Vladimir Nabokov

NABOKV-L post 0001565, Sun, 15 Dec 1996 08:52:44 -0800

aatseel Nabokov panel (fwd)
---------- Forwarded message ----------
Date: Sat, 14 Dec 1996 13:28:09 -0800 (PST)
From: Galya Diment <galya@u.washington.edu>
To: Nabokov <Nabokv-L@ucsbvm.ucsb.edu>
Subject: aatseel Nabokov panel (fwd)

From: Stephen Blackwell <sblackwe@utkux.utcc.utk.edu>

Abstract/Please note the title correction.

Fated Freedoms: Nabokov and the Russian Tradition.
AATSEEL--Vladimir Nabokov Society
Stephen H. Blackwell
University of Tennessee, Knoxville

What is the role of fate in VN's works? Fate has a venerable history in
Russian literature; it resonates throughout the works of Pushkin,
Lermontov, Dostoevsky, and Tolstoy, as well as in the writings of
Chaadaev, Berdiaev, and Vladimir Lossky, to give only a partial list. In
the present paper, I portray fate's embodiments in VN's fiction, both in
theme and in implication. Thematically, fate turns out to be extremely
flexible, appearing sometimes as predetermination (as in _Defense,
_Despair, _Lolita, and _Pale Fire), sometimes as an elusive
anthropomorphic partner in the creation of being (in _Gift, _Bend
Sinister, _Pale Fire, _Ada, _Transparent Things, _Invitation and _Pnin),
sometimes as a kind of pre-existing text or script (in _RLSK, _LATH, _Pale
Fire, _Ada and _Gift).
Fate in its strictest form is strongly analogous to written language;
fate brings with it connotations of "the end" individually, textually, or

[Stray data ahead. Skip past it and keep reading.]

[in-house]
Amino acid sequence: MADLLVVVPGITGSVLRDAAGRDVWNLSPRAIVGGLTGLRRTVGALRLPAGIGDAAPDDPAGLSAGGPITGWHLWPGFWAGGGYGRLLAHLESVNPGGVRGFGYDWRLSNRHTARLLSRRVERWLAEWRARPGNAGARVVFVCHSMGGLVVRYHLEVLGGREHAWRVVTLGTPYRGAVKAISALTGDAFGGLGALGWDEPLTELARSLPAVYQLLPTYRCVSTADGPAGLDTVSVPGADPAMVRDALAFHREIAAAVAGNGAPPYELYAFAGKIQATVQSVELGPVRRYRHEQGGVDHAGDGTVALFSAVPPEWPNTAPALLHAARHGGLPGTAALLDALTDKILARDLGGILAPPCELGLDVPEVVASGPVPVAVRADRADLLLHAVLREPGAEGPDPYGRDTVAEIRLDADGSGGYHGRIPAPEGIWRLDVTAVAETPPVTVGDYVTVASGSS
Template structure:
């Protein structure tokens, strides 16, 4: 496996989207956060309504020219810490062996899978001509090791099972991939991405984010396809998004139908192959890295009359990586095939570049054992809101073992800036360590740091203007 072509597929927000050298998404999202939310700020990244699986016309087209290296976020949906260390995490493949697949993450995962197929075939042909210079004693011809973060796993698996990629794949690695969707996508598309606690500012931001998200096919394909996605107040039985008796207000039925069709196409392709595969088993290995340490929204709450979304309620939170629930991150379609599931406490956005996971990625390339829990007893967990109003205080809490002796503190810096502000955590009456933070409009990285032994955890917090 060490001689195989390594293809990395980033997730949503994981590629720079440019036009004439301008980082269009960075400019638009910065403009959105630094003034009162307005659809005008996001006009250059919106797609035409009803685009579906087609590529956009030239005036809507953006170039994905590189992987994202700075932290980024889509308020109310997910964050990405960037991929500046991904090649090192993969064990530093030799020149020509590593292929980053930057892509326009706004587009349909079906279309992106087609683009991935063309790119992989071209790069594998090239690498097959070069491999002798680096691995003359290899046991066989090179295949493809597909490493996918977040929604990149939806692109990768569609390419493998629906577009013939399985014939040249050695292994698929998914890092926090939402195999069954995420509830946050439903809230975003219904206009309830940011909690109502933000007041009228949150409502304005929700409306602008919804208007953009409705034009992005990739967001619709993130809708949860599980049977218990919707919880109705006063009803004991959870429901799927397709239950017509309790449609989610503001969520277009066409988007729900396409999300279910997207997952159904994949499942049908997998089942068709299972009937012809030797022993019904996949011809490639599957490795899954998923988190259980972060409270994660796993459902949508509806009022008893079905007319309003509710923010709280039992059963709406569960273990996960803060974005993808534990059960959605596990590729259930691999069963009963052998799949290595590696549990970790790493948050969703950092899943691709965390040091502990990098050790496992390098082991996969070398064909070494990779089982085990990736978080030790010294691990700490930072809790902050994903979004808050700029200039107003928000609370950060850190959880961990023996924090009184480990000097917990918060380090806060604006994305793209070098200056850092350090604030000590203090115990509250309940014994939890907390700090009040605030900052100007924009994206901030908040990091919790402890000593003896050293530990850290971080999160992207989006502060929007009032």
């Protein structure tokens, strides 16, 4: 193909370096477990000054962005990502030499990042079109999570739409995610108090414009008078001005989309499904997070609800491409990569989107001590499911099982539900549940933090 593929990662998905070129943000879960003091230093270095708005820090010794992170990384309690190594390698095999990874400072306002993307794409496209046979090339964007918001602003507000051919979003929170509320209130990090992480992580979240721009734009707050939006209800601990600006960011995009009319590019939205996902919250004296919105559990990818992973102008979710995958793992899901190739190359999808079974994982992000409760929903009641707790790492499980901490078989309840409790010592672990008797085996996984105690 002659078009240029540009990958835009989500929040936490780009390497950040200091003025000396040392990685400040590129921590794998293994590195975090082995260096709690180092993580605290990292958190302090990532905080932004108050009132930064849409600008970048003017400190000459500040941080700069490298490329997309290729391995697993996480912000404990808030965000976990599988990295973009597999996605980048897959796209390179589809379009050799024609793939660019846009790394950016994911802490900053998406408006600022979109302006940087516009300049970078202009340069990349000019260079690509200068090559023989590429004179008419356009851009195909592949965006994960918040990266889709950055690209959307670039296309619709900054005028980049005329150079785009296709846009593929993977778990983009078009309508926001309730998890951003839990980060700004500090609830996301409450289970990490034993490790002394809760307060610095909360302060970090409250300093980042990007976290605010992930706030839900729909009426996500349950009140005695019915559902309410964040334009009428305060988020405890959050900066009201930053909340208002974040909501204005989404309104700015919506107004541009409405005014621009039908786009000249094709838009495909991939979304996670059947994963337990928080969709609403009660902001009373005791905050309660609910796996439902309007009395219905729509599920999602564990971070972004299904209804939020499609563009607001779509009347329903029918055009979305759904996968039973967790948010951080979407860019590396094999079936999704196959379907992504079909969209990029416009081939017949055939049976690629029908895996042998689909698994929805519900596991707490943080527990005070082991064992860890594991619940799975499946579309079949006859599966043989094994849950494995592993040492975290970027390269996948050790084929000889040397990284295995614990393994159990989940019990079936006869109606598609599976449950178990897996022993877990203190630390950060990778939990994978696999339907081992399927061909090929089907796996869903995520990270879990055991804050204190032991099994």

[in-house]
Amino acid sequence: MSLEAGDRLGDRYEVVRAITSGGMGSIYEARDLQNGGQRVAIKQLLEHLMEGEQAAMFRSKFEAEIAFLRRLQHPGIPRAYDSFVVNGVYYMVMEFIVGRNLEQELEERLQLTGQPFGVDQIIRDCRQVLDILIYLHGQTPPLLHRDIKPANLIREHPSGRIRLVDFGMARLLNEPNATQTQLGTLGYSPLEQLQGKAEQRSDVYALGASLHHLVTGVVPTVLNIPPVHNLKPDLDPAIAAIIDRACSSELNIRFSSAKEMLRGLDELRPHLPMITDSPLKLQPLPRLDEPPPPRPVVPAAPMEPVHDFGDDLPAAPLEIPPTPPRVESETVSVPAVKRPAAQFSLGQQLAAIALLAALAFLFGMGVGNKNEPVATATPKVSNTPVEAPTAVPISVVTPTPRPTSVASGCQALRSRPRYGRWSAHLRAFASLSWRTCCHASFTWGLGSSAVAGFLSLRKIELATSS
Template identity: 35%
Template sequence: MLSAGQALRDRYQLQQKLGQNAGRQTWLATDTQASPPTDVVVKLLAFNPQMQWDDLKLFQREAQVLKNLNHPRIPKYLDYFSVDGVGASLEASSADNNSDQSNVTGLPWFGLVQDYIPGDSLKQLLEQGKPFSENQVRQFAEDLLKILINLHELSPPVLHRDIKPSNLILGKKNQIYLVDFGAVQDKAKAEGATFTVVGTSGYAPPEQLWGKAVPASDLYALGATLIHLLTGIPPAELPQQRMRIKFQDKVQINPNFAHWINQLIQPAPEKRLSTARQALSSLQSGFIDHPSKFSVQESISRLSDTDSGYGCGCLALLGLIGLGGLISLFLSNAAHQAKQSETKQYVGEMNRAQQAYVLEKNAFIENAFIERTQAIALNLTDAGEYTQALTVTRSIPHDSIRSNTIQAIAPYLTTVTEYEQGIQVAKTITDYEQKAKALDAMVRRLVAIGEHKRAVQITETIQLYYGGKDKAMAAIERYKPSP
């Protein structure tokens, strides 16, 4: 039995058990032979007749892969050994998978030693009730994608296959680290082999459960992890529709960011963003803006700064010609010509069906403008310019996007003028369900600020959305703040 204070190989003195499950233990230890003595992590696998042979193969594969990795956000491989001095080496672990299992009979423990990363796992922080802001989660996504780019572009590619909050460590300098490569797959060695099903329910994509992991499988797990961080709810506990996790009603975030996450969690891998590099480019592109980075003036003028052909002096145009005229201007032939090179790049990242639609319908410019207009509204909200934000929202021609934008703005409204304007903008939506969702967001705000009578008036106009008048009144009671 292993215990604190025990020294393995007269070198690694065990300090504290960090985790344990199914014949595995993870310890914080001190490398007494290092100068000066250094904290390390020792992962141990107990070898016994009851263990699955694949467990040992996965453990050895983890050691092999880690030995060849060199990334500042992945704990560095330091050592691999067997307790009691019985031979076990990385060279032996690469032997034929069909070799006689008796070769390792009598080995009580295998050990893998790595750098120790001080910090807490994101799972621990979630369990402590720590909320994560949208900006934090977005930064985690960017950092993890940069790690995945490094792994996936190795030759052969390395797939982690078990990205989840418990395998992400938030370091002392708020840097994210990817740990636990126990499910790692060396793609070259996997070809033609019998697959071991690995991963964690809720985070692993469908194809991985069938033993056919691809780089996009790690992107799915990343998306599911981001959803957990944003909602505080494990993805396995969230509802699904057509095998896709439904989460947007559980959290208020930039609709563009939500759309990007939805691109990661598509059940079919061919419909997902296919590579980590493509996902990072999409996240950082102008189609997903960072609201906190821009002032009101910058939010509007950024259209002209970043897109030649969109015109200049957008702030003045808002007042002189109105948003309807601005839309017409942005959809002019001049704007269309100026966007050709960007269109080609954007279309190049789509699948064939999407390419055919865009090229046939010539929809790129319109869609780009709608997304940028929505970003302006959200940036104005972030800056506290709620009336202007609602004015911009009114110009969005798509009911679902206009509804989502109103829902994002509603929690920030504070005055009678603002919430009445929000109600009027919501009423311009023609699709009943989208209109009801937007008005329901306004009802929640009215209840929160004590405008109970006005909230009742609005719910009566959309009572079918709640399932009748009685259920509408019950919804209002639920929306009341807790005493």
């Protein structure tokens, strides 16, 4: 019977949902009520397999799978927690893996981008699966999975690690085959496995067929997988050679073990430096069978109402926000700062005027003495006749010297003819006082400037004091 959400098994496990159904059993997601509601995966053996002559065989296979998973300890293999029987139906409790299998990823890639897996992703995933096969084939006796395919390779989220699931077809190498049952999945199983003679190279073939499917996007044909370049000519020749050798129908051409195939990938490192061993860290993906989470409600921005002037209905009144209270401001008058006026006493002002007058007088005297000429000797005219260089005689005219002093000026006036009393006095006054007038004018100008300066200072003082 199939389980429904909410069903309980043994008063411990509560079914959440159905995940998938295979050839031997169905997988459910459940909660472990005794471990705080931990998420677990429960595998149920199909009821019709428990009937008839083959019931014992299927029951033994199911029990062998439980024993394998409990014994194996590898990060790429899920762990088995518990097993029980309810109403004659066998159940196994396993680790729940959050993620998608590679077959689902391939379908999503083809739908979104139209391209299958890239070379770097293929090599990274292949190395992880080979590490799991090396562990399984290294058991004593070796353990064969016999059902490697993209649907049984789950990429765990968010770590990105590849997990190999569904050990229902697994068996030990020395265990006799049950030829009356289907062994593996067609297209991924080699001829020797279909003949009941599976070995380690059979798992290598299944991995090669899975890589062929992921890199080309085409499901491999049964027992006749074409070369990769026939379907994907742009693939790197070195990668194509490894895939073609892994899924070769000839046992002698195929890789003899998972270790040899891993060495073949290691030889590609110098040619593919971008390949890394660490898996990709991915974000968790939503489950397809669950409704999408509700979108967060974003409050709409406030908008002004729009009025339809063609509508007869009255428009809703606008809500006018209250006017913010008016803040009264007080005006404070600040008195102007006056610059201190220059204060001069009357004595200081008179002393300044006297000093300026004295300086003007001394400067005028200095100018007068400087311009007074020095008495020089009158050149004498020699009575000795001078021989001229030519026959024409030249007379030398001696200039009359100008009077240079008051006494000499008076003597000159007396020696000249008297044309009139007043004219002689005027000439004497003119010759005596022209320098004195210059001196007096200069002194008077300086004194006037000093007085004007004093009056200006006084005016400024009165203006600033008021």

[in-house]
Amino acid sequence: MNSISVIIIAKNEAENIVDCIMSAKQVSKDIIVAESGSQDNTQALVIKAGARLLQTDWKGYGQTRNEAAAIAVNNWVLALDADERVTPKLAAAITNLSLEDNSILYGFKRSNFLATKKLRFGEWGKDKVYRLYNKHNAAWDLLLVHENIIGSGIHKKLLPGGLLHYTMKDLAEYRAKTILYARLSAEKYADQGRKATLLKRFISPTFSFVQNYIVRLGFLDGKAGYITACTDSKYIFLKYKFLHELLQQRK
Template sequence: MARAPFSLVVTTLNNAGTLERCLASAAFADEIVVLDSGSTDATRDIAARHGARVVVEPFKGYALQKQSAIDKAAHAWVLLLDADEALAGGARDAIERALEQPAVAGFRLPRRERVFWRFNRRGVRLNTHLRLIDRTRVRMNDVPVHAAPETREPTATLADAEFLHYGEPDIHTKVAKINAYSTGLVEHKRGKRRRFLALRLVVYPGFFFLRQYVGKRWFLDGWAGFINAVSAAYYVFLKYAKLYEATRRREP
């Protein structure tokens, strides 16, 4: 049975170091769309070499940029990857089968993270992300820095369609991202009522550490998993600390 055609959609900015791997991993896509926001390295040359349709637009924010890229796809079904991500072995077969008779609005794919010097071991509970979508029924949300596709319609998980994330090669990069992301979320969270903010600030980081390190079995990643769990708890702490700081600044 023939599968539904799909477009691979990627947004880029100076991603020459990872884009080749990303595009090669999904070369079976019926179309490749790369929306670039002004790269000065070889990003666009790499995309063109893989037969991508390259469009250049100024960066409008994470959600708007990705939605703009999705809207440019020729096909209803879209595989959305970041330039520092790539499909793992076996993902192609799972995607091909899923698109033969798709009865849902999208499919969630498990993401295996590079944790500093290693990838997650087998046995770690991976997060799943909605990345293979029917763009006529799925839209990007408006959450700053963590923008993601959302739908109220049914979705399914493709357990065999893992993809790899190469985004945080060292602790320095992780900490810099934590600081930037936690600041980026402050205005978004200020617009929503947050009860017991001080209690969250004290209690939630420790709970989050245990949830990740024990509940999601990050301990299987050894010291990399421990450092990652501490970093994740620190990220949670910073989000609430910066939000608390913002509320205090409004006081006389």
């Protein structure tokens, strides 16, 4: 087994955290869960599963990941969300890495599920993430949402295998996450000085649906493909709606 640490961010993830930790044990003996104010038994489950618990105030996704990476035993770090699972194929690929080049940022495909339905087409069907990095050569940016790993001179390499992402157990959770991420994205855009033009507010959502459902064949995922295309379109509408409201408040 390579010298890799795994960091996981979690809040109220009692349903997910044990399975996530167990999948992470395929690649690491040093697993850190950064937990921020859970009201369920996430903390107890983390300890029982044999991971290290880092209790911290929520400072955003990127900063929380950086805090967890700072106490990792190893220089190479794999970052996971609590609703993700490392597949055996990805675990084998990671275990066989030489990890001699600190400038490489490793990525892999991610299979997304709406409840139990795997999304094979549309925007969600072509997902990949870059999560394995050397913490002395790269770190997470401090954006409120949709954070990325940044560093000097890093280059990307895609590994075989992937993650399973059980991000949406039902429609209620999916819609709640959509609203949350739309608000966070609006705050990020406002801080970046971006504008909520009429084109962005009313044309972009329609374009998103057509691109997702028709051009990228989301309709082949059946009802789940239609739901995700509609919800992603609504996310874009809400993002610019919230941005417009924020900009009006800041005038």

cosmically. The (almost) necessarily fixed form of any published text
together with the fact that all published texts by definition "end"
suggest that all writing is inherently engaged in an exploration of fate's
form. What today's pop culture might call "interactive fate"--manifest in
Fyodor Godunov- Cherdyntsev's view of his romance with Zina--finds a
revealing analogy in the aesthetic moment, the act of creative artistic
reception. The third type of fate is a hybrid of the other two: while
itselfpre-existing (in the form of a text or a human
life) like a pre-written fate, the role of the text in shaping
the character's life is less like predetermination than it is like a map
or guidebook. In such situations, the script that guides the hero's
actions takes on the role of a consciously or semi-consciously
apprehended "other" which gives form and, to a certain extent, meaning to
the protagonist's life.
The specter of Fate as predetermination generates a variety of
strategic rejections. These appear in tricks to avoid narrative closure,
and also in ambiguity and paradox designed to prevent a work's meaning
from being finalized. In its other two forms--as invisible collaborator
and external script--VN finds a conceptual and metaphorical richness
congenial to his art. Suggestive neither of omnipotence nor of absence,
these models reach toward a new set of metaphors for representing what we
call reality. They de-emphasize positivism and knowability, without at
the same time discrediting science. Conjoined with Nabokov's fascination
with pattern, these figures represent an attempt to express hidden
textures in reality--but not necessarily to explain them. Many of VN's
novels imply that the reading act itself, analogously to interactive fate,
is representative of a more textured understanding of reality. We can
identify within VN's fiction a constant play with the theme; one might
even call it an aesthetics of fate, constituting an exploration of the
nature of humans' place within reality and the dimensions of human
freedom--a freedom which is never total, but neither is it ever totally absent.